For your Christmas pleasure, another view of the Virgin, who has appeared under various guises, most notably at the Chartres Cathedral. We know her in the Caribbean as Erzulie.


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December 1, 2009

World AIDS Day 2009: "not another aids poem."

Back in the early eighties when “not another aids poem” was written, our family was living in fear. My wife’s cousin, Hernando, was dying and nobody knew why. The doctors tried everything—interferon and other drugs used to treat cancer—but nothing worked. Then, we learned he had been diagnosed with AIDS.

My wife, who was pregnant with our first child, wanted to visit Hernando in Colombia, not only because she loved him, but because he was one of the first in our families who gave us his support. I still remember sitting in a small bar in Bogota, drinking aguardiente, listening to Andean music, and Hernando explaining to me why the preservation of indigenous music—the music of his people—was important.

In the end, my wife and I decided against the visit because we still didn’t know how AIDS was transmitted. Was it airborne? No one had any answers.

Today is World AIDS Day and we now have more information about the disease, but we are no closer to a cure. And it still doesn’t diminish our guilt and the pain that we feel at the loss of a life that was brilliant and filled with cariño.

Rest in Peace, Hernando.

not another aids poem

(for hernando)

when did the tissues,

the invisible barrier between cells,

break and send nuclei,

intent on their own destruction,

alerting an armada of antibodies

in your body's mutiny against itself?

i ask

because it's the only question

that i can understand,

with which i can console myself

while i mutter

a new alphabet of ddc, azt, ddi...

and you become a mottled ghost,

in a gown, transparent as

your skin, a part of the bed,

a network of tubes,

roots i cling to

that connect this life to the next

From:  hurricane center (1998)

Related Posts:


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November 30, 2009

An Early Christmas Present: “Palimpsest”

Mervyn Morris has just given me an early Christmas present that I’m going to share with you.

On Monday, December 7, 2009, I’ll be publishing his poem, “Palimpsest” on this blog.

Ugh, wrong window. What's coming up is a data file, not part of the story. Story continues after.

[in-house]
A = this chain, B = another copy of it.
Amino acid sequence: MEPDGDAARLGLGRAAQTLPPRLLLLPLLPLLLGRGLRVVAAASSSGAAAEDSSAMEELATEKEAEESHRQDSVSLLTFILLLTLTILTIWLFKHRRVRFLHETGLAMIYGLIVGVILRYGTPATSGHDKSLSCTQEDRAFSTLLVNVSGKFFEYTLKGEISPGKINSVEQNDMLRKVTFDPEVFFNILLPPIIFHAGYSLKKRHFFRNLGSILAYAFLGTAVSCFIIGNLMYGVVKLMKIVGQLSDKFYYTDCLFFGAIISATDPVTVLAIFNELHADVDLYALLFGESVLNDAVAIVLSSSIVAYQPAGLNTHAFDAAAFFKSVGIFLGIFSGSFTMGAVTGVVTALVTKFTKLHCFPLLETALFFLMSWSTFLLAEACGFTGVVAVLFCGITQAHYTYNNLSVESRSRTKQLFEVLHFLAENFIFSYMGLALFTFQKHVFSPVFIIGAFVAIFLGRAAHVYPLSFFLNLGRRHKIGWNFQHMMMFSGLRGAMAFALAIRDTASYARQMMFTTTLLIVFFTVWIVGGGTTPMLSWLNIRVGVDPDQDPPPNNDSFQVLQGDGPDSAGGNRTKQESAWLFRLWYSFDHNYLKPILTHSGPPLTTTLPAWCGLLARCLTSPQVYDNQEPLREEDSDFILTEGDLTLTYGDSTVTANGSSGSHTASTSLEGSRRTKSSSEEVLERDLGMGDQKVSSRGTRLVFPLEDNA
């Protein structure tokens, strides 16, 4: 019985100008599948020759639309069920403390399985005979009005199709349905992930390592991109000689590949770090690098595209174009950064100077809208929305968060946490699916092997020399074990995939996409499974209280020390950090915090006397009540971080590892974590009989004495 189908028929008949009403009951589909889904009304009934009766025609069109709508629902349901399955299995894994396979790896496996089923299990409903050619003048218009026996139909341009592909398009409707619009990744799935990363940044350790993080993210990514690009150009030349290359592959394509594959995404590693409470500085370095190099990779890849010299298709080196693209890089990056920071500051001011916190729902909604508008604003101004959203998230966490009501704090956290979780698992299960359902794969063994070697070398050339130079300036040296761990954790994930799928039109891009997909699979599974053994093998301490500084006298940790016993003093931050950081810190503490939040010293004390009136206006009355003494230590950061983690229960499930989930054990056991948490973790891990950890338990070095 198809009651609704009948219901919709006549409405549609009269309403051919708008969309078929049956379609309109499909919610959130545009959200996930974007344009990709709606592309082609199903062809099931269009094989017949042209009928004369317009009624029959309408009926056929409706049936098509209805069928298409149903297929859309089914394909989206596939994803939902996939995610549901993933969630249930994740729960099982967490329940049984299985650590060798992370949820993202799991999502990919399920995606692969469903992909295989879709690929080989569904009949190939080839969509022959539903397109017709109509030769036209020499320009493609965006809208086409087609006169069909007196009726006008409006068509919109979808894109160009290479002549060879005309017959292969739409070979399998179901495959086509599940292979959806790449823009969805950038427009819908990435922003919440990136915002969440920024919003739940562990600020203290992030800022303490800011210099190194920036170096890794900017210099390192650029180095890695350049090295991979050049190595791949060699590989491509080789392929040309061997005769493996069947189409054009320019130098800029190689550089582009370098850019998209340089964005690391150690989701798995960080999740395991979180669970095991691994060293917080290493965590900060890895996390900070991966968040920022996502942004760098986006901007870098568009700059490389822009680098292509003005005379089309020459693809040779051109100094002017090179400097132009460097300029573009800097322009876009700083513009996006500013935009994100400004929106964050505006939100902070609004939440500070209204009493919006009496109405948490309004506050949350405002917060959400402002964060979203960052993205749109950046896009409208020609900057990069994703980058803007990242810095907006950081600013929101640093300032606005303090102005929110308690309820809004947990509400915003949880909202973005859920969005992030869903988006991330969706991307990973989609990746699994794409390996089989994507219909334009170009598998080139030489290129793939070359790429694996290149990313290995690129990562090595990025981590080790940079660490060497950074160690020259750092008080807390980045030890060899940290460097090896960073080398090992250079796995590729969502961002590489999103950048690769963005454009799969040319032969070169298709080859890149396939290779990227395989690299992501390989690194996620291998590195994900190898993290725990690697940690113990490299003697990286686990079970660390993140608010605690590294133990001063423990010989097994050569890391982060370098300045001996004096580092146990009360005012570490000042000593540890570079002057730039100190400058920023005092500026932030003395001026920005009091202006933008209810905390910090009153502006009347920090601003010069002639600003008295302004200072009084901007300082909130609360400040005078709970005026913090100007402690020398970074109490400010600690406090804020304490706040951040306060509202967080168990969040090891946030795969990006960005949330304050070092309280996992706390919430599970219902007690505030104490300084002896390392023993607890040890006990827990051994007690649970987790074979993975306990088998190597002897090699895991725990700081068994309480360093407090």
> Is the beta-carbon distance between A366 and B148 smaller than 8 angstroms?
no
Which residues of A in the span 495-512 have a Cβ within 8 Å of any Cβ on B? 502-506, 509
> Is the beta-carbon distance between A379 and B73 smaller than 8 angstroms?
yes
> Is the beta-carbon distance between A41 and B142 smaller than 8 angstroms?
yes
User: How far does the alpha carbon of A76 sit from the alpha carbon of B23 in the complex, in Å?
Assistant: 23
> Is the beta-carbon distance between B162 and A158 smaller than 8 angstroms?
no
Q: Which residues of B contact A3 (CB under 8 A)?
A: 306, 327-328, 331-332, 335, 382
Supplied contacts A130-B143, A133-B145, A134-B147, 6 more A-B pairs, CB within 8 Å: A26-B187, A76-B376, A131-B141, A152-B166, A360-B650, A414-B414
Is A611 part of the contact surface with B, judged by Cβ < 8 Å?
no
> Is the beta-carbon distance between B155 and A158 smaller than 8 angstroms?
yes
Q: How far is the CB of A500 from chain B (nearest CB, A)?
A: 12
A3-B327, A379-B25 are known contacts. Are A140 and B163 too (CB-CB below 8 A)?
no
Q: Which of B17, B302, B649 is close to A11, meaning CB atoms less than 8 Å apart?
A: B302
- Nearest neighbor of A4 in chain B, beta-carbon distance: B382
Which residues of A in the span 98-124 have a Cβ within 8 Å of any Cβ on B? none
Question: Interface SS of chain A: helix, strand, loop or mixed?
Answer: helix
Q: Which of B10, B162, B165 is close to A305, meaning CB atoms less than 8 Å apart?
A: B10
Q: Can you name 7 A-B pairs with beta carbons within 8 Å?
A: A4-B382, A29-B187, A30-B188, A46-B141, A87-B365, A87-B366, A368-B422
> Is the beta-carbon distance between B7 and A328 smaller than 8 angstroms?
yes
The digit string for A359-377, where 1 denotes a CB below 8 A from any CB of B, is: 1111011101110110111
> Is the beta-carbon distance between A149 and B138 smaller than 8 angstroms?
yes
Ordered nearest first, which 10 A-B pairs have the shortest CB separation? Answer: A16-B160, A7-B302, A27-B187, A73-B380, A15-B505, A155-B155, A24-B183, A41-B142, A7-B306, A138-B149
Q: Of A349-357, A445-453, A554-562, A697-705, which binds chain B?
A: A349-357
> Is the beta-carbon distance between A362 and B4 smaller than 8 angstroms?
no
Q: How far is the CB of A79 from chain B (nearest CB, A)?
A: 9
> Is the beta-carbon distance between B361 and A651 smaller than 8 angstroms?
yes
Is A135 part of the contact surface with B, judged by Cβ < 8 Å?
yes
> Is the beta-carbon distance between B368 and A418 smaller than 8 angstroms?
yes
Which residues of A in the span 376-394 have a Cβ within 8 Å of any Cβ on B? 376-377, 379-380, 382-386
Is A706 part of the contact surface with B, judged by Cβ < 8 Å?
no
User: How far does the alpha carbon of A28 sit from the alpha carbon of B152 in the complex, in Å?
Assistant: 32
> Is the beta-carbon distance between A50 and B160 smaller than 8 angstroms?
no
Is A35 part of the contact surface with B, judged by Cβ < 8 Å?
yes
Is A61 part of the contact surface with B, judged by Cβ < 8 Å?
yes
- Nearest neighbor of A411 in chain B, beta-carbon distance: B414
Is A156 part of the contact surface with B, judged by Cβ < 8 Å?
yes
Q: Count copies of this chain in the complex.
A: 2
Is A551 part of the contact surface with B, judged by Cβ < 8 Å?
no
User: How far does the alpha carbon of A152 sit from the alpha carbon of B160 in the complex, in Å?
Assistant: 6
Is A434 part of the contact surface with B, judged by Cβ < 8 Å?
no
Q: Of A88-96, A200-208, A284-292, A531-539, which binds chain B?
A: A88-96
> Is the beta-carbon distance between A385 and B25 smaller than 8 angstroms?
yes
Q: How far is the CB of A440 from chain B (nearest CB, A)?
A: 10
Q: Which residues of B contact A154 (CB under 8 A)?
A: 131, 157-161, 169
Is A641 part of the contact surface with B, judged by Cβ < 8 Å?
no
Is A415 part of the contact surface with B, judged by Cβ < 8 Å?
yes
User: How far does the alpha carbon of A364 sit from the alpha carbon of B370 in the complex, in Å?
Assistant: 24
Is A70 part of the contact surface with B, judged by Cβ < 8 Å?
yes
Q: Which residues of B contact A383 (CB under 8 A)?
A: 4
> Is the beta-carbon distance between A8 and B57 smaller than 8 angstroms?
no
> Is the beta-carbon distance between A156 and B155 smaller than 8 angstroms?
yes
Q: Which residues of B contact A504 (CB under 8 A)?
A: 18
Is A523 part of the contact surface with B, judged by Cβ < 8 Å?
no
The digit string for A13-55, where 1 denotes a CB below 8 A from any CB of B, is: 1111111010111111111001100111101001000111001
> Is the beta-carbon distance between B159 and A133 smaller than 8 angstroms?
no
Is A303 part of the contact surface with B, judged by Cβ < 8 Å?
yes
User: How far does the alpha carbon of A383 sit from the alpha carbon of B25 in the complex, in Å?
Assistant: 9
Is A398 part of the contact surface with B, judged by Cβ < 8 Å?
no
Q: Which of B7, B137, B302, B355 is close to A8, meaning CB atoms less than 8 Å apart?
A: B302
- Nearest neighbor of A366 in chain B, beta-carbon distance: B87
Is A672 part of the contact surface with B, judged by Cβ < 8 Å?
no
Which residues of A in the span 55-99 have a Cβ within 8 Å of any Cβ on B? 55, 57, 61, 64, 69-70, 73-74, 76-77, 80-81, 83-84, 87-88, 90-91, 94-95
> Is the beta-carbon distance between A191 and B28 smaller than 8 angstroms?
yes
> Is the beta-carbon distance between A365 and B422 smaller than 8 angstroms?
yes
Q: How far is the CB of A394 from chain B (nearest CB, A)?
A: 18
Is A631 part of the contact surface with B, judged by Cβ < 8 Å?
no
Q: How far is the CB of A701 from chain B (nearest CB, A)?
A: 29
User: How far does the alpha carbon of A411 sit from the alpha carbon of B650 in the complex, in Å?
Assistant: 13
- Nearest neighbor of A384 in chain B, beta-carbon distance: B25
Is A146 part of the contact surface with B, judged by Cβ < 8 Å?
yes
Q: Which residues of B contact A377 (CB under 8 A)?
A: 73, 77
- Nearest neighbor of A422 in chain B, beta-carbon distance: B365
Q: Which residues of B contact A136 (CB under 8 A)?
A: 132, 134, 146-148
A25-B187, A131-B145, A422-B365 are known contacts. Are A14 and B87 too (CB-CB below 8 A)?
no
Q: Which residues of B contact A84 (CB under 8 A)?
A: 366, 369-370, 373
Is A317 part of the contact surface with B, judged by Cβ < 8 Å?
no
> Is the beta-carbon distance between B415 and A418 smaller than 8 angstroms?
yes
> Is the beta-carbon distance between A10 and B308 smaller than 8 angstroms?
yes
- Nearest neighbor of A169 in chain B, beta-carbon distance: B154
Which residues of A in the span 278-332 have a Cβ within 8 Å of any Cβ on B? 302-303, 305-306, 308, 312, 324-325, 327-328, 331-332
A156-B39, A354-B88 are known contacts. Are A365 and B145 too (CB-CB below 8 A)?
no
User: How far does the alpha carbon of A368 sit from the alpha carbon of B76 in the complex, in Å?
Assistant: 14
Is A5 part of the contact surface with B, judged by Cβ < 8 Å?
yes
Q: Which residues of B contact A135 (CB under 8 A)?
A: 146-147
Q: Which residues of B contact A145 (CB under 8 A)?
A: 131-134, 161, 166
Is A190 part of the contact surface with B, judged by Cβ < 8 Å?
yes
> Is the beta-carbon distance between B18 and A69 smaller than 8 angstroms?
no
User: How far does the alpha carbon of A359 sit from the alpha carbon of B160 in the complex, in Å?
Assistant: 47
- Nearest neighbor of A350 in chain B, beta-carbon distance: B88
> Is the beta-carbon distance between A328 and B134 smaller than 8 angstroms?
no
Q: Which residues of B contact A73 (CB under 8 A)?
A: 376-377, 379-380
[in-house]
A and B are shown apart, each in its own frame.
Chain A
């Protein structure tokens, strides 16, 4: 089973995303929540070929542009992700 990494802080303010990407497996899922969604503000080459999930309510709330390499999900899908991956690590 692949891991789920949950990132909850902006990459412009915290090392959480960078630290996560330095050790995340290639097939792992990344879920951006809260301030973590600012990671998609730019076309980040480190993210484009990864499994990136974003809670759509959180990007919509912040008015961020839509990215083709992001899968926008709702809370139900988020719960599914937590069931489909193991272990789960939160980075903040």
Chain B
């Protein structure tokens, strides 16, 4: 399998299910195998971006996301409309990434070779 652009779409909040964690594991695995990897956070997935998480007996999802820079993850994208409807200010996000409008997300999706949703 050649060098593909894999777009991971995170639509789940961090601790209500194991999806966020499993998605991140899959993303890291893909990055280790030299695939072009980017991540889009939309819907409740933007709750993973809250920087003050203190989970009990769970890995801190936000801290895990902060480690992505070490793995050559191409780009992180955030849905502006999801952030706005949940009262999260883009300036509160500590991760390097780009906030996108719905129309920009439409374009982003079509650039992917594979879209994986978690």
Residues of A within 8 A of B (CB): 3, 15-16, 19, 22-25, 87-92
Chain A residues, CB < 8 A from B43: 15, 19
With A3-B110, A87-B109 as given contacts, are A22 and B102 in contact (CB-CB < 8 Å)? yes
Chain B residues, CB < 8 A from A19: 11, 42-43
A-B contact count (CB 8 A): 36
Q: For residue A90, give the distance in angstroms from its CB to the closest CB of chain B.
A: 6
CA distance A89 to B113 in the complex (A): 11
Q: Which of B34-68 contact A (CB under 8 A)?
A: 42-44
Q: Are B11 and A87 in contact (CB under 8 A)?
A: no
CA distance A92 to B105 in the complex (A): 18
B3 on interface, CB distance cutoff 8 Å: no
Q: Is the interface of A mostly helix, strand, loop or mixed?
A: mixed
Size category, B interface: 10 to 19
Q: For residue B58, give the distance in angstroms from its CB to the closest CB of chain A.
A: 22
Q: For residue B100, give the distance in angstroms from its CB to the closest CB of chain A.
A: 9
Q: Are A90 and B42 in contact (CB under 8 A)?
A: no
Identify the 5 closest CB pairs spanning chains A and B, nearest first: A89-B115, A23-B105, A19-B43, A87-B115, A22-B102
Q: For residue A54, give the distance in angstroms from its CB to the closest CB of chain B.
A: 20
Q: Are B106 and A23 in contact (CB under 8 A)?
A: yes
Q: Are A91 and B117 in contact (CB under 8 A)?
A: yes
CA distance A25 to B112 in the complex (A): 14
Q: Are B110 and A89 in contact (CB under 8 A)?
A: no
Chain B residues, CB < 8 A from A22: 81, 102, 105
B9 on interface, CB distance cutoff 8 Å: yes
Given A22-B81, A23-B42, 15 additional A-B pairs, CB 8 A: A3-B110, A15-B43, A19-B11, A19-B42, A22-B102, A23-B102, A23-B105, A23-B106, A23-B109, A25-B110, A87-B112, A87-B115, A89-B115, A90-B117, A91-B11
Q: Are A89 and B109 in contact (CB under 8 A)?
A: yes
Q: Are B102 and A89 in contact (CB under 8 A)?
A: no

As a student of Mervyn’s poetry, all the hallmarks of his craft are evident: brevity, dry wit, and multilayered meaning(s). This is also the first time that I have seen him deal with the theme of his mortality and the endurance of art in this way.

John O’Donohue in Divine Beauty mused about writers like Mervyn Morris:  “The presence of the contemplative and the artist in a culture is ultimately an invitation to awaken and engage one’s neglected gifts, to enter more fully into the dream of the eternal that has brought us here to earth.”

Stay tuned and enjoy.


MERVYN MORRIS is the author of six books of poetry, including I been there, sort of: New and Selected Poems (Carcanet Press, 2006).

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Book Review: Visionware by Caridad Moro-McCormick

One of the pleasures of attending the Miami Book Fair International 2009 was discovering new books and listening to the authors read—especially when they did it well—from their work. Listening to Caridad Moro-McCormick’s reading from her chapbook, Visionware, was one of those delights because her voice captured the nuances and subtle ironies in the text.

This is not to say that her poems fall apart on the page. It was just so much better to hear her voice when she read a poem like “Analfabeta” about her earliest experiences in sixth grade with a racist teacher and her abuela’s attempt to understand American culture. Throughout the poem, the speaker highlights her abuela’s dignity in a system that seeks to denigrate her individuality and heritage:

You would have though her a dignitary, the day she walked
into my 6th grade classroom, staccato heels, her good black dress
ironed crisp as a dollar, all for a date with Mrs. Dempsey

The teacher, however, does not share the same feelings of respect for her abuela or her culture and she notes how Dempsey “sometimes slipped and called me ‘Spic, how she pounced/when I spoke to my friends in Español.” During the parent-teacher meeting, her abuela “caught most of the/ words Dempsey lobbed her way, but didn’t say a thing,” and  she waits for the right moment, “as the words/too smart for her own good lingered in the air like the bells/ that ruled or days,” to assert herself, “Neber too esmart, mi niña, neber too esmart.”

Moro-McCormick chooses her instances of code-switching wisely and they are deeply poignant when she describes her family’s attempts to assimilate in “White Christmas in El Exilio, 1979”:

where you dreamed of Wise men,
Noche Buenas back home. women serving plate after plate:

lechon, frijoles, yuca, arroz.

Food becomes a trope in the collection which begins with this epigraph in the title poem:

“When you’re in love, everyday is a reason to celebrate. Every meal can be transformed into a special time to toast love, romance and your life together as a couple.”

Such bliss is short lived as her difficulty with the American utensils becomes a metaphor for her relationship with her husband:

Glass that never did learn
how to burn,
warming too fast

dinner scorched
night after night

Moro-McCormick uses food to define herself and relationship with American culture. Nowhere is this more evident than in “Compulsion: A Chronology” which details the various foods that are staples of her hyphenated identity as a Cuban-American: harina con huevo frito and Whoppers with cheese. Of course, the poem would not be complete without documenting the danger of using food in this way while trying to maintain the American obsession with weight-loss and Barbie-like perfection: “1999, Phentermine": "The pills are small and canary yellow, the closest thing to magic I’ve ever tried.”